Percy Lavon Julian: Organic chemist, entrepreneur, and civil rights activist.

Percy Lavon Julian was a pioneering African-American chemist whose contributions to the field of organic chemistry have revolutionized the world of medicine. He was born on April 11, 1899, in Montgomery, Alabama, in a family of six children. Julian grew up in a segregated society where opportunities for African Americans were limited, but he was a bright student who excelled in his studies.

Julian’s academic journey started at DePauw University in Greencastle, Indiana, where he earned a bachelor’s degree in 1920. He then enrolled at Harvard University, where he completed his master’s degree in 1923 and his Ph.D. in organic chemistry in 1931. He was the first African American to earn a Ph.D. in chemistry from Harvard and one of the few African Americans with a doctorate in the United States during that time.

Julian’s research work focused on synthesizing natural products that could be used to produce medicines. He began his career working for a chemical company called Glidden, where he discovered a new method for synthesizing cortisone, a hormone that is used to treat arthritis and other inflammatory diseases. His discovery made it possible to produce large quantities of cortisone, making the drug more affordable and widely available.

Julian then moved to his own company, Julian Laboratories, where he continued his research work. He synthesized physostigmine, a drug used to treat glaucoma, and progesterone, a hormone used in birth control pills. Julian’s work in synthesizing natural products led to the development of many important drugs that are still in use today.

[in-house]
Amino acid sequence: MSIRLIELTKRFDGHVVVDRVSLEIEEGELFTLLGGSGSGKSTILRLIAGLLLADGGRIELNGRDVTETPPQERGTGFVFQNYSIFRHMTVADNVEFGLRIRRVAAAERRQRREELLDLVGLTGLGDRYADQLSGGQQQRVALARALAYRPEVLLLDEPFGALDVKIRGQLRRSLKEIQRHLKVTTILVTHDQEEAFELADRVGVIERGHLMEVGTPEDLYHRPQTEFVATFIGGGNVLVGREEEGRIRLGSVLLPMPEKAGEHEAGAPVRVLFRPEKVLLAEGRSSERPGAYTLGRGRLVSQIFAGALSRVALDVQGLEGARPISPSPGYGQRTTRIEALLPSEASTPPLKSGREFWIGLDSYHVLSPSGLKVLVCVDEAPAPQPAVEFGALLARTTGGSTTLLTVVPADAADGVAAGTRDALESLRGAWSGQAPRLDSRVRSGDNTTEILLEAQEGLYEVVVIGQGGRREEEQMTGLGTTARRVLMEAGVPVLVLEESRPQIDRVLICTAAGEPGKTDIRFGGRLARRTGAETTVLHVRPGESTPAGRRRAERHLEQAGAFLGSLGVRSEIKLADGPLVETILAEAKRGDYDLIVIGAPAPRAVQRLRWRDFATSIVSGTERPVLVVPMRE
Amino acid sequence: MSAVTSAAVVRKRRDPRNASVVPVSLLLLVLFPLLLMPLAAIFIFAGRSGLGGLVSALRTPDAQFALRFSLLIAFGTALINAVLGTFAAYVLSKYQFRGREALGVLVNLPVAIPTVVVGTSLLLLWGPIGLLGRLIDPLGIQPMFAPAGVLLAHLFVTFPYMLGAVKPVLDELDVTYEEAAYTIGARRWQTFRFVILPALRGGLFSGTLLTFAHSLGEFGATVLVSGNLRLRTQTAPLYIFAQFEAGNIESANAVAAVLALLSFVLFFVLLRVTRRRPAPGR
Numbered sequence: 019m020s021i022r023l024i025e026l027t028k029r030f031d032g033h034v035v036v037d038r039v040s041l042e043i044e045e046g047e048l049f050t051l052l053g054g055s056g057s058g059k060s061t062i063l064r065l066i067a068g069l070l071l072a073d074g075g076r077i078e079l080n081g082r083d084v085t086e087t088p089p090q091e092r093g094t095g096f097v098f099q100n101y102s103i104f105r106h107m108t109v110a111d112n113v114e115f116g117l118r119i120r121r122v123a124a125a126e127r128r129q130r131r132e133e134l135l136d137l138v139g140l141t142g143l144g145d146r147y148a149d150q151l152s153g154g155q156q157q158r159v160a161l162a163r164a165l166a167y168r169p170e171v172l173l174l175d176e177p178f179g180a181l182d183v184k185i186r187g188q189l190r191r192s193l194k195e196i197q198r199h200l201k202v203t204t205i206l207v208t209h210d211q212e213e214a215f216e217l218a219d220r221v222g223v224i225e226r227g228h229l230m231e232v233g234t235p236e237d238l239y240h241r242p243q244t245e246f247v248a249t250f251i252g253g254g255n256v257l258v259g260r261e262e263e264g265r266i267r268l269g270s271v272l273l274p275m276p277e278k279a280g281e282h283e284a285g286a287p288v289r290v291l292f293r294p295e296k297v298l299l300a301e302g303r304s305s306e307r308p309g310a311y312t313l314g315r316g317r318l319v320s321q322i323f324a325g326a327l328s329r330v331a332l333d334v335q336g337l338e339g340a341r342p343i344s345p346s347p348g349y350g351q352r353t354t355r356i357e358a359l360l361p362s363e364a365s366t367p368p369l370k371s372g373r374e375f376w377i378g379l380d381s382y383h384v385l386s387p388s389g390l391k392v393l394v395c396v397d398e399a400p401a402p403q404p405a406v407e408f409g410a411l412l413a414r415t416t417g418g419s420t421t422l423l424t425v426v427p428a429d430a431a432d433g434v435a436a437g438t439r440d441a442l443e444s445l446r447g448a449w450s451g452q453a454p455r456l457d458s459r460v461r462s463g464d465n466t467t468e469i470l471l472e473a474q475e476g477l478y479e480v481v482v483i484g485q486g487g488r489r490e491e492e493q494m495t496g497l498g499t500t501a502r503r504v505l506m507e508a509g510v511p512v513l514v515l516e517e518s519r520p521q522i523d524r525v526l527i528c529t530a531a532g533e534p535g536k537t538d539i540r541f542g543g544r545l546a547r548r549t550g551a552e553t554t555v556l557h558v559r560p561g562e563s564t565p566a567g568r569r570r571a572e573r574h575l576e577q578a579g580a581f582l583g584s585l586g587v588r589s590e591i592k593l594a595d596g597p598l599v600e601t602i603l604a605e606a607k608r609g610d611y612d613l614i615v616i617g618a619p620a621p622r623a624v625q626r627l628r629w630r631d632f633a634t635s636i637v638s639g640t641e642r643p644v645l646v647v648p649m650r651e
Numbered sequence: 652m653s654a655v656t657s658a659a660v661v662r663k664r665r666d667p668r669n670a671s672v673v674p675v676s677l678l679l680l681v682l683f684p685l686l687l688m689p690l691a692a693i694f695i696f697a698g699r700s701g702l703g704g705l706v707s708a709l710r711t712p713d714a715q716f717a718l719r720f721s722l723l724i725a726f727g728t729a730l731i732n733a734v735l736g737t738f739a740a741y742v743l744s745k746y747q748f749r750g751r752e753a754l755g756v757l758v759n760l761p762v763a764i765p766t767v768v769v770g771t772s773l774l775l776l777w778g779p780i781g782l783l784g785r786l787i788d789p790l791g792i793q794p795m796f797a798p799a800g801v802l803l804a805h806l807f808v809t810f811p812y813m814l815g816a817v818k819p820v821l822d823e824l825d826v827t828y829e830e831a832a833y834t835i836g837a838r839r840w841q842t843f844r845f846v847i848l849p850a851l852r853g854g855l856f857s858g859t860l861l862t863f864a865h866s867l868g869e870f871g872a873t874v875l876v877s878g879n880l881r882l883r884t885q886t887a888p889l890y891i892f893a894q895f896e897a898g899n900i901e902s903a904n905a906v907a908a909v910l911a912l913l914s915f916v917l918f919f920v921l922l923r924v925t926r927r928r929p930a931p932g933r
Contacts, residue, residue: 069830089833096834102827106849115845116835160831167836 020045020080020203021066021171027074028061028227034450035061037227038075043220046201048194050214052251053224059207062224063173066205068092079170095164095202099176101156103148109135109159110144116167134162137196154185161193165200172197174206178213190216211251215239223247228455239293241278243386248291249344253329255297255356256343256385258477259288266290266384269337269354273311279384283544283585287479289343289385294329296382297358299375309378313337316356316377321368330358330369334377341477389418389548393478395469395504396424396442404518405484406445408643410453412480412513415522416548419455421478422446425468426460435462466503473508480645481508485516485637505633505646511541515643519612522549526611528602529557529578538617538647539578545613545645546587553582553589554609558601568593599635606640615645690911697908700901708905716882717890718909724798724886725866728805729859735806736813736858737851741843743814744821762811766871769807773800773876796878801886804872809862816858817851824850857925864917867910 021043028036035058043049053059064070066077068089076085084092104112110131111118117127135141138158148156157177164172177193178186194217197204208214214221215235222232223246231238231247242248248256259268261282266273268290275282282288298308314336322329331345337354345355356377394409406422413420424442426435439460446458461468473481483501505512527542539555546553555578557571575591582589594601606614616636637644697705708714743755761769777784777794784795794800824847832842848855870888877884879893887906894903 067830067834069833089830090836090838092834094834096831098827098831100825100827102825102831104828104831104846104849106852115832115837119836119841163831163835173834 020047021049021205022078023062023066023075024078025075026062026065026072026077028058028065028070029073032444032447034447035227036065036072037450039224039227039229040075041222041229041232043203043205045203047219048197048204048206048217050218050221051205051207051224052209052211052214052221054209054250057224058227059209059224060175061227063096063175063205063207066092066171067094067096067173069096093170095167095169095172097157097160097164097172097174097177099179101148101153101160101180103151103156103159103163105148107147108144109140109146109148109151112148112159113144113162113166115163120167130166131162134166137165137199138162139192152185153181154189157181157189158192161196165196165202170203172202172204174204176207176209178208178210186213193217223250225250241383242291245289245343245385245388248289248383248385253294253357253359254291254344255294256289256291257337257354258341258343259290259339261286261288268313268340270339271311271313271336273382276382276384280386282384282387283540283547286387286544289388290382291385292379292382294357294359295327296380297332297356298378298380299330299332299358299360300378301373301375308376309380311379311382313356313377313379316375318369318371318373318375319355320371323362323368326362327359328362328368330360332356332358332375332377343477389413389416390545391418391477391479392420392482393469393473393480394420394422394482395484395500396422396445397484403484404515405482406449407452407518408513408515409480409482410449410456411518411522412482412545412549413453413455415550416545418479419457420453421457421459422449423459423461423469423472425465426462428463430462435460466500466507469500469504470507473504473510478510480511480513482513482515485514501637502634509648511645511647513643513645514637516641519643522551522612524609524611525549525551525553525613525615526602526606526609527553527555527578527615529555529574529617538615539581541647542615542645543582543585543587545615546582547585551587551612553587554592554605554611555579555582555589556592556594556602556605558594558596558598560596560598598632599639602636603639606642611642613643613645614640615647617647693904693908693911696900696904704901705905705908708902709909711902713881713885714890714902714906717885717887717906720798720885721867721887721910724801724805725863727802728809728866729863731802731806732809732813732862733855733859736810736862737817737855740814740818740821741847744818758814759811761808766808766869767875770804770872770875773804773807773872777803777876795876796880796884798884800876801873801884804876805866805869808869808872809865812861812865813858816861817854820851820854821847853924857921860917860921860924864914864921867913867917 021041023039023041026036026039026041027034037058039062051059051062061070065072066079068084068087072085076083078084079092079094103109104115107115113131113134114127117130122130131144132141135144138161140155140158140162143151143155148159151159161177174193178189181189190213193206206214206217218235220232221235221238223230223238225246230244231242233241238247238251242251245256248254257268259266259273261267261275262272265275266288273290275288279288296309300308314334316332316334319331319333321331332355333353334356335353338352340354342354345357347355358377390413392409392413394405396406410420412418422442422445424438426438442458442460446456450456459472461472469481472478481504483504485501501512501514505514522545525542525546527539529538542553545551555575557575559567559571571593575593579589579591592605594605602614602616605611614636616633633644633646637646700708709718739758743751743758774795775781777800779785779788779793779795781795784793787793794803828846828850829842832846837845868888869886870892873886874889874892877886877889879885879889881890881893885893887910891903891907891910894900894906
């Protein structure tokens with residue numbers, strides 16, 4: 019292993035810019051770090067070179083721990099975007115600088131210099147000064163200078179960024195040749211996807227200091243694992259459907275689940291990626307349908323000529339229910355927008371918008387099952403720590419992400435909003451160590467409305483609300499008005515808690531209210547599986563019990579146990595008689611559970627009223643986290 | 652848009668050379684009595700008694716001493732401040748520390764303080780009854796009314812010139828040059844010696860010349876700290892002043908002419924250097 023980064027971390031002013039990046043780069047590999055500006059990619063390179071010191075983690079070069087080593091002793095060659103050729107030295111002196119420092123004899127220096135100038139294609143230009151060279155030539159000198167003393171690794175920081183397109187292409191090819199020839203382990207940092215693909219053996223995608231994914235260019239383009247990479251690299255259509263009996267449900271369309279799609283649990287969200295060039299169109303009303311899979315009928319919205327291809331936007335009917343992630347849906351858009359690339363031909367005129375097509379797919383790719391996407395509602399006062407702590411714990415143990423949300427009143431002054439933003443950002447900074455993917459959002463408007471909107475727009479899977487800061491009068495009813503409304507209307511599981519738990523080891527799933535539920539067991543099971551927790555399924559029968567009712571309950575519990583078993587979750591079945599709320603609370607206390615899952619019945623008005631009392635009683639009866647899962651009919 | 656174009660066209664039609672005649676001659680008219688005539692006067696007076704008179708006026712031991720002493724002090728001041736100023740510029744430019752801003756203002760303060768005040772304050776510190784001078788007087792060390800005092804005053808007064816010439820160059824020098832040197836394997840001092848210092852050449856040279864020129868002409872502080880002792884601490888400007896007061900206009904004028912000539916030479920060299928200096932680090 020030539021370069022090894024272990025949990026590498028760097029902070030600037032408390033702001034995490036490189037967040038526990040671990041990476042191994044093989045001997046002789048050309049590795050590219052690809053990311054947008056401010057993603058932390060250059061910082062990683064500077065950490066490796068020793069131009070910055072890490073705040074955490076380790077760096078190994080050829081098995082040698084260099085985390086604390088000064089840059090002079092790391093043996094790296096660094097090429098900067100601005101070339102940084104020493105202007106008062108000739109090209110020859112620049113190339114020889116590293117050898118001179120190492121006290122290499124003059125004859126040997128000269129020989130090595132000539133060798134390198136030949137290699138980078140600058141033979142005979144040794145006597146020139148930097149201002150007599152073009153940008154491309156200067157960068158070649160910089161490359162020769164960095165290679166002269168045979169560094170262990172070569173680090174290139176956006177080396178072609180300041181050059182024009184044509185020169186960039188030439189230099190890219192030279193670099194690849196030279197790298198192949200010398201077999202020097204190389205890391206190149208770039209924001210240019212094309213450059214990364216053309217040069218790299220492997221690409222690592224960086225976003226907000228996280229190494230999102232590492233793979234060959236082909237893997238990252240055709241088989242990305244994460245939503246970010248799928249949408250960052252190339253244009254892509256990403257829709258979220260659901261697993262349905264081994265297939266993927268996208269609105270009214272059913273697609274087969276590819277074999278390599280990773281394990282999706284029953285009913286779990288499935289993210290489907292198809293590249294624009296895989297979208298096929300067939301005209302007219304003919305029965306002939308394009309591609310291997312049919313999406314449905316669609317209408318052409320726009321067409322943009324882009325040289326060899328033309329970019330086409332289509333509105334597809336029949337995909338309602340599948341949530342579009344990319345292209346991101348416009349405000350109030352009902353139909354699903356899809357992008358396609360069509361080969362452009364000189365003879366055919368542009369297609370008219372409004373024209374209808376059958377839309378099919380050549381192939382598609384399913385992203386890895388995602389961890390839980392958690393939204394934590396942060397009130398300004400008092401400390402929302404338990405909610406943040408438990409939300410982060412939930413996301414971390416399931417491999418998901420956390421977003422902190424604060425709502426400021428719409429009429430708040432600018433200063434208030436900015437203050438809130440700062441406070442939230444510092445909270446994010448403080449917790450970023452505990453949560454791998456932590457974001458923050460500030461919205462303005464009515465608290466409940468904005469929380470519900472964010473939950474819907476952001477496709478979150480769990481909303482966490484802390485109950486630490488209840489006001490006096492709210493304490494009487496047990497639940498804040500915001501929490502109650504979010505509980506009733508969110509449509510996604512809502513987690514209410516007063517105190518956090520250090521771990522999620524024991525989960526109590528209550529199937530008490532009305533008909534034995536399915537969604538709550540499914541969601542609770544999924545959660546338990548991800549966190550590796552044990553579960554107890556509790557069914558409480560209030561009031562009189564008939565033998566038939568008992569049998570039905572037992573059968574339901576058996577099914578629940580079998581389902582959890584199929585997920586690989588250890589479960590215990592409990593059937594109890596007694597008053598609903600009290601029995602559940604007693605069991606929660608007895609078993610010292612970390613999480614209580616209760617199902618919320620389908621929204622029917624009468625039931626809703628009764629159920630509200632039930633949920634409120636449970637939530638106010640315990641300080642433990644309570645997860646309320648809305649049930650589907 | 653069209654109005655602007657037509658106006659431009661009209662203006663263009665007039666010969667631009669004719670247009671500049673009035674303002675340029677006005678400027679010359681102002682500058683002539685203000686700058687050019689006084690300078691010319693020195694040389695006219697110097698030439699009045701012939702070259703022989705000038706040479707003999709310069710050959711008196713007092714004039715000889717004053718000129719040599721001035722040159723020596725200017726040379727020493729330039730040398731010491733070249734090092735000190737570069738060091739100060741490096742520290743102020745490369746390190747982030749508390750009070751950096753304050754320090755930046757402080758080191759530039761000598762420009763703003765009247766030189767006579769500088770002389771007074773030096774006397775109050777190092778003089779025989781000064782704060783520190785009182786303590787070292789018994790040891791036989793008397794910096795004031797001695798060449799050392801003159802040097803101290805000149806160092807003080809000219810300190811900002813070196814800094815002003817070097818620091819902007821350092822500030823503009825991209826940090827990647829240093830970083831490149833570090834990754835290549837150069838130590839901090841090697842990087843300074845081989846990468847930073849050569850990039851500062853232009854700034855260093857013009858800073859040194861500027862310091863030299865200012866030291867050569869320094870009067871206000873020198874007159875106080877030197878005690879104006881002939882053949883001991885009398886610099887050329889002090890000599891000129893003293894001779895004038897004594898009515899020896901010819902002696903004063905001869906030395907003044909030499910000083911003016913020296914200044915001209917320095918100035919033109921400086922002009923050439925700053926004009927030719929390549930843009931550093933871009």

Julian’s achievements in the field of organic chemistry were groundbreaking and significant, but he also faced many challenges and discrimination because of his race. He was denied job opportunities and access to research facilities, and he was not allowed to participate in professional organizations. Despite these challenges, Julian persevered and continued to make important contributions to his field.

Julian’s legacy extends far beyond his research work. He was a strong advocate for civil rights and worked to improve opportunities for African Americans in the sciences. He was also a mentor to many young scientists, particularly African American students, and he encouraged them to pursue careers in the sciences. Julian was an inspiration to many and remains a symbol of perseverance, dedication, and achievement.

In 1973, Julian passed away from liver cancer, but his contributions to the field of organic chemistry continue to impact the world today. His research work led to the development of many important drugs that have saved countless lives, and his advocacy for civil rights paved the way for future generations of African American scientists. He received many honors and awards during his lifetime, including induction into the National Academy of Sciences and the American Academy of Arts and Sciences.

WORDS: Scientific Inquirer Staff.

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